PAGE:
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Brisbane - Manila
PR222 + PR221
3H + 3K
- Fully-flat beds, despite being a smaller plane
- 100MB of free WiFi
- Not every passenger has direct aisle access
- Entertainment titles are heavily censored
- Excellent service from the cabin crew, who memorised all passenger names
No longer must Brisbane-based travellers jetting to Manila detour via Darwin with Philippine Airlines, with Brisbane's flights now served by the modern Airbus A321neo – a domestic-sized aircraft, but one that can fly further than its predecessor, making non-stop journeys like this one possible.
Despite having a single aisle, business class still makes room for fully-flat beds, which Australian Business Traveller put to the test on a recent return trip between Brisbane and Manila.
- Frequent flyer program: Mabuhay Miles, or credit your flight to the partnered schemes of ANA Mileage Club or Etihad Guest. Travellers who don't fly with Philippine Airlines regularly may find Etihad Guest the best fit, given that Etihad miles can be used to book Virgin Australia flights (starting at just 6,900 miles), and that Etihad Guest accounts can be topped up from some credit card schemes including AMEX Membership Rewards.
- Checked baggage allowance: 35kg, boosted to 45kg for Mabuhay Miles Elite, 65kg for Mabuhay Miles Premier Elite, and 75kg base allowance plus a further 20kg for sports equipment for Mabuhay Miles Million Milers. Just be aware that when departing Manila, your checked bag(s) first need to undergo explosive trace detection nearby the economy class check-in area before they can be accepted, which saw several travellers on this flight sent away from the separate business class check-in zone until that had been completed, as there was no obvious signage for this.
- Carry-on baggage allowance: 1x7kg bag of up to 115cm (weighed at check-in), plus two personal items from a list including handbags, laptops with cases, cameras and more. In practice, I had no issues carrying a standard laptop bag (containing that laptop and camera, among other items) in addition to my standard 7kg wheeled bag.
- Priority airport services: Dedicated business class check-in and boarding lanes at both airports, access to Express Path at Brisbane departures with a flash of the boarding pass, and priority baggage delivery. Despite being Philippine Airlines' home hub, there were no business class fast-track queues at passport control or security screening in Manila, nor were Express cards offered on arrival into Brisbane, but lines at these points were all minimal.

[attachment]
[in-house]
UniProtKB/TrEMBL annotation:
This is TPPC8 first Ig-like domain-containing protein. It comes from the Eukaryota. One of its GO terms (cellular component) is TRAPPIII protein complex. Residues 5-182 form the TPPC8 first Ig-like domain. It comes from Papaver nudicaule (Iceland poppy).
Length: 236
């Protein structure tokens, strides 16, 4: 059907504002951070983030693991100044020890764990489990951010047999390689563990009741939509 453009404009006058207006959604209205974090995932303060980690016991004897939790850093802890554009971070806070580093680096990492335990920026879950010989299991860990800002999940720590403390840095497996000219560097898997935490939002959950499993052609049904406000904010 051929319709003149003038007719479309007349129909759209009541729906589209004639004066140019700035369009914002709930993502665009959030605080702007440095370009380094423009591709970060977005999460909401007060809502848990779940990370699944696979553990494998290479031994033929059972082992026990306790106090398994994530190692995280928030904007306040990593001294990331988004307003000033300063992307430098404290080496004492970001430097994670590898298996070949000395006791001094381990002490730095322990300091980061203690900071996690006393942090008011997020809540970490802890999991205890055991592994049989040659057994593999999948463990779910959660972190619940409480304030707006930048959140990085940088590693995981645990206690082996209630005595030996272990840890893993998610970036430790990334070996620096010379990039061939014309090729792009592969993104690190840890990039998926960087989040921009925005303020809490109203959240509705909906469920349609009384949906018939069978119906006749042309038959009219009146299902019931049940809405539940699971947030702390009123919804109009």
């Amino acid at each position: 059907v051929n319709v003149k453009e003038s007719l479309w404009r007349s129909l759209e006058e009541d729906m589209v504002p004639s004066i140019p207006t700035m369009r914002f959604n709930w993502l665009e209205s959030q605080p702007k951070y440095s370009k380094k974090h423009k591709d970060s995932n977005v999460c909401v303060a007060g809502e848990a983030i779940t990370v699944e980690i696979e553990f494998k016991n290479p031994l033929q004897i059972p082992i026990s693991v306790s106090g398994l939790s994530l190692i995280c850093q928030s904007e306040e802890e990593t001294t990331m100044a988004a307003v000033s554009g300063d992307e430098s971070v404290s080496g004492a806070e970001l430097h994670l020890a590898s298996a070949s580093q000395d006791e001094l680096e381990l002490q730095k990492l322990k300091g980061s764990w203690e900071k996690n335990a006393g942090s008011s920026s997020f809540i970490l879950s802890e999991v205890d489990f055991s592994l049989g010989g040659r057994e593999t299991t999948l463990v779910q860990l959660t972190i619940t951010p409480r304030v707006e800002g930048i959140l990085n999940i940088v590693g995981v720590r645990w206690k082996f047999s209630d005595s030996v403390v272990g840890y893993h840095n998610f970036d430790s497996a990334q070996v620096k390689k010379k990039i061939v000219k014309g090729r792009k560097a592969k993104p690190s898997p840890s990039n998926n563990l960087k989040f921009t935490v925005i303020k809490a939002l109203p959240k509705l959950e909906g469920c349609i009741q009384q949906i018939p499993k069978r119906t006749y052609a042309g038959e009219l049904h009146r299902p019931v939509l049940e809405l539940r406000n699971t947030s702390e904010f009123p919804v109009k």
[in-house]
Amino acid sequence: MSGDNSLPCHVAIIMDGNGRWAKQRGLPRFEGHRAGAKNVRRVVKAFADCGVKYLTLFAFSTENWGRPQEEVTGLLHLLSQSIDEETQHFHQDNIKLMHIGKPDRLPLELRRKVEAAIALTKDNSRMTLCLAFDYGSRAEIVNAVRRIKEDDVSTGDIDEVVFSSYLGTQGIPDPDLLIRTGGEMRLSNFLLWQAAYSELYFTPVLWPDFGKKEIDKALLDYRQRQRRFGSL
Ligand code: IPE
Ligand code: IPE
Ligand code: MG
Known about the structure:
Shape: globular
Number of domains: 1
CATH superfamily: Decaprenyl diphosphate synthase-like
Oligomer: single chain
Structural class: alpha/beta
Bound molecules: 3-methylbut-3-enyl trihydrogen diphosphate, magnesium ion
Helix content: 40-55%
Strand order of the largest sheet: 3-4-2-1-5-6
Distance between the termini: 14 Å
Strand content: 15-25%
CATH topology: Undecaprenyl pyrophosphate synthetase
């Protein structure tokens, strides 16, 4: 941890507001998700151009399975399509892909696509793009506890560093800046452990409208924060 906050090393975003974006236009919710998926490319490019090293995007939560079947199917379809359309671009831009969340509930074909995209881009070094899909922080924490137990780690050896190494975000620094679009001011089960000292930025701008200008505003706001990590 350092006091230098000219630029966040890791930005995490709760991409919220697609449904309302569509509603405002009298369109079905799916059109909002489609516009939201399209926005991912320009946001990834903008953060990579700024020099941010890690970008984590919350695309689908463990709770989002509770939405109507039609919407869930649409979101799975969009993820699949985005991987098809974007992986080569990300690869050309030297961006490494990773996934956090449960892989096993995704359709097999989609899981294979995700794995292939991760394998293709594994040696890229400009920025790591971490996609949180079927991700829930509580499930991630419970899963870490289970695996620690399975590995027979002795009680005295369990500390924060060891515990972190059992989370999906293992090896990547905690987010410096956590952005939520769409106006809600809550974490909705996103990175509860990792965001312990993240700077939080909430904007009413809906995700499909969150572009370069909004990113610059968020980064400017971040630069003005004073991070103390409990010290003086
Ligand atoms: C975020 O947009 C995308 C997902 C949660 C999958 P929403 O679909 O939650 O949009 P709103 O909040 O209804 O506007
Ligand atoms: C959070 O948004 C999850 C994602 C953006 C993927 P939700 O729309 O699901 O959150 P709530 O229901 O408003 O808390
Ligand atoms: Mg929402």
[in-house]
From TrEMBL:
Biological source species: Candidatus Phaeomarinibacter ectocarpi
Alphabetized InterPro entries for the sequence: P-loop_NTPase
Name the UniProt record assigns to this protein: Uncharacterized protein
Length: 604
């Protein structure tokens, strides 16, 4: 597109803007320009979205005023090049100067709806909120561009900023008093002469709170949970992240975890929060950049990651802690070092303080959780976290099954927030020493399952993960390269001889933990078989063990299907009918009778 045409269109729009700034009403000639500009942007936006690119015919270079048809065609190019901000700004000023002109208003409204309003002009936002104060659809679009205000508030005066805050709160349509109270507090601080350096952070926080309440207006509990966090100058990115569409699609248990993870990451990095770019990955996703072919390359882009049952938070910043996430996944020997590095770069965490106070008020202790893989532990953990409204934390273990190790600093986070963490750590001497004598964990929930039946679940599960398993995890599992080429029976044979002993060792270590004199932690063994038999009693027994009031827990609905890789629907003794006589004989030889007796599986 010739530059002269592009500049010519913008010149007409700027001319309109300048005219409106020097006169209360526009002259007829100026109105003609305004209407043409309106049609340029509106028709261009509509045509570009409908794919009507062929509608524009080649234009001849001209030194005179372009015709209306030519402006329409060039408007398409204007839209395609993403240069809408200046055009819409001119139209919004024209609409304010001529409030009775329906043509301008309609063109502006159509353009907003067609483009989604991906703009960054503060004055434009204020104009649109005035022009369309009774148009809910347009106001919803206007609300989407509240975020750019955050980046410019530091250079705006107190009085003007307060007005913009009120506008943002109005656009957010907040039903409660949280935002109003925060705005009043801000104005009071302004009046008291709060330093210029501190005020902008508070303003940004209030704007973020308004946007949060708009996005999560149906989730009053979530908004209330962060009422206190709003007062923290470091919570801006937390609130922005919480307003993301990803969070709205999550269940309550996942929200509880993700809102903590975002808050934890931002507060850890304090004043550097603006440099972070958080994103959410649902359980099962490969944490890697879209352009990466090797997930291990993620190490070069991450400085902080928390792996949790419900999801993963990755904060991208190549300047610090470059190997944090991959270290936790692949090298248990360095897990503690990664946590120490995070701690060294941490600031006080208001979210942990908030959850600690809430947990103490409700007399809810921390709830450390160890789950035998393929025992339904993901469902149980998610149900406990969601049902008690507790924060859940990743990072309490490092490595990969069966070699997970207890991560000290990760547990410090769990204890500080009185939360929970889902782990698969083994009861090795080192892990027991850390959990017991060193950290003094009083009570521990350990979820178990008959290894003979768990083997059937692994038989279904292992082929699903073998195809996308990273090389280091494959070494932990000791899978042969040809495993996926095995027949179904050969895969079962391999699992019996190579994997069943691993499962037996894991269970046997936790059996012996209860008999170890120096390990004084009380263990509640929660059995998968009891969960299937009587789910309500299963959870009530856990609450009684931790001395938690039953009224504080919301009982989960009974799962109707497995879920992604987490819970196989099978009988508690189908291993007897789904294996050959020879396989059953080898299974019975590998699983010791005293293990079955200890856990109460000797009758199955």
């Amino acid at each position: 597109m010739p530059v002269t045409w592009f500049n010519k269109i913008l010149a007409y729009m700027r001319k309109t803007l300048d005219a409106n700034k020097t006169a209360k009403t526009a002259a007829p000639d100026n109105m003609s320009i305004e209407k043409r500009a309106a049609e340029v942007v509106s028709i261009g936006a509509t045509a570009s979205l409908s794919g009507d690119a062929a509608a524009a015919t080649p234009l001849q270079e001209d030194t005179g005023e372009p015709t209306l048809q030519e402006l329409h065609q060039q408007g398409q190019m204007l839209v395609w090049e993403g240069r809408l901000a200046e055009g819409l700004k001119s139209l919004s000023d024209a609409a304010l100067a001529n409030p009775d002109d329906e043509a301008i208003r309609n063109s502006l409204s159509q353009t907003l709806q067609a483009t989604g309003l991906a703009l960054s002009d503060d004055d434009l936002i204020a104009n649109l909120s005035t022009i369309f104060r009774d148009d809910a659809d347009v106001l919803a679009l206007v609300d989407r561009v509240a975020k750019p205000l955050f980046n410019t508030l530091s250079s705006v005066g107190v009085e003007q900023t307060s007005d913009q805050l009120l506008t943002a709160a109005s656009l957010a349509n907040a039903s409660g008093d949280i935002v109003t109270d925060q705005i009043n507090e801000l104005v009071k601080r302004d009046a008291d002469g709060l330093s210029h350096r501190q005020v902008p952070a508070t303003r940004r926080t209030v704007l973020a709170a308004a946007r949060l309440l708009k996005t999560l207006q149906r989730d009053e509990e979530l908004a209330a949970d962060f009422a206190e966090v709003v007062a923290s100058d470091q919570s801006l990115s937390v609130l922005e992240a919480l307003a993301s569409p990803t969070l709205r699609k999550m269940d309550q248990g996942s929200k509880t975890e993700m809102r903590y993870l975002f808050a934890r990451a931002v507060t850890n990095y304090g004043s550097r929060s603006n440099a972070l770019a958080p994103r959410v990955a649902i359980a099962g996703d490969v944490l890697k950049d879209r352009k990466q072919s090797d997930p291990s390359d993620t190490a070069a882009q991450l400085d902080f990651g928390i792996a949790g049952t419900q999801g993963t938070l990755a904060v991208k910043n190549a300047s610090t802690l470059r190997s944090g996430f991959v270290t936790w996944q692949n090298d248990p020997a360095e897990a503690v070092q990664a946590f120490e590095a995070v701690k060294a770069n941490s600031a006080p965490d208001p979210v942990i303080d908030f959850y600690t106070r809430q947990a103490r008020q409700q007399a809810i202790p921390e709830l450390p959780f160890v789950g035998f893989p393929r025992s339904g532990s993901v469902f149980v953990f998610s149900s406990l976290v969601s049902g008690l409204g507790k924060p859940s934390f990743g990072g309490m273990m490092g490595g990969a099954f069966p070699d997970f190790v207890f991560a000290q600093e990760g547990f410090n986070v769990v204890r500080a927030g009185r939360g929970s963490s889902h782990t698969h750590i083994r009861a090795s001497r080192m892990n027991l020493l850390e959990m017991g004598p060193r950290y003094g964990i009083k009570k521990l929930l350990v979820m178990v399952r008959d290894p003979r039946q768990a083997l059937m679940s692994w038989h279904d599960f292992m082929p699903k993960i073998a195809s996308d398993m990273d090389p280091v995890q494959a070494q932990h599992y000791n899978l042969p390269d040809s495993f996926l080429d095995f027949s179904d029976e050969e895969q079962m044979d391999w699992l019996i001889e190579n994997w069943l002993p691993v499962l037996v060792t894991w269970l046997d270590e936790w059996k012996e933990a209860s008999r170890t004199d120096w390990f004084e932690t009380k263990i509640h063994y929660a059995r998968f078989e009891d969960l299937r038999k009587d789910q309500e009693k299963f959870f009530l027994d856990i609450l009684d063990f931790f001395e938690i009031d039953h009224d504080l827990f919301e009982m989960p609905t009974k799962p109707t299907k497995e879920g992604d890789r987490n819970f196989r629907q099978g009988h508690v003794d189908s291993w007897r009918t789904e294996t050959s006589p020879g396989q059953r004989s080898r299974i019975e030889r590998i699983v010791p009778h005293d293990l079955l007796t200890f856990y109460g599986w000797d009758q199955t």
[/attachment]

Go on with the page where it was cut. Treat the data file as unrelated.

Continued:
In Brisbane, Philippine Airlines' business class passengers can visit the Qantas Brisbane Lounge by special arrangement: a facility recently expanded with a third storey to help accommodate more travellers during peak times.
Here, you'll find barista-made coffee and breakfast 'dishes of the day' to get you started, along with plenty of natural light, tarmac views (from selected areas), speedy WiFi and charging ports near most seats.
2019 AusBT review: Qantas international business class lounge, Brisbane Airport
(If your Australian journey begins in Sydney, you'll instead visit the Singapore Airlines SilverKris business class lounge, while in Melbourne, the Marhaba Lounge awaits.)
Departing Manila's Terminal 2, the lounge that awaits isn't quite so flash. There's a noodle bar, cocktail counter and buffet dining, but the space could certainly use a refresh:
It was a little busy in the evening prior to the airline's popular Manila-San Francisco and Manila-Los Angeles flights, but became progressively quieter as the night progressed.
Philippine Airlines now offers five return flights between Brisbane and Manila each week: all of which are served by the Airbus A321neo.
Departure and arrival times vary slightly on different days, but on Sundays, Tuesdays, Thursdays, Fridays and Saturdays, you can expect to leave Brisbane late morning, and reach Manila late afternoon or very early evening aboard flight PR222.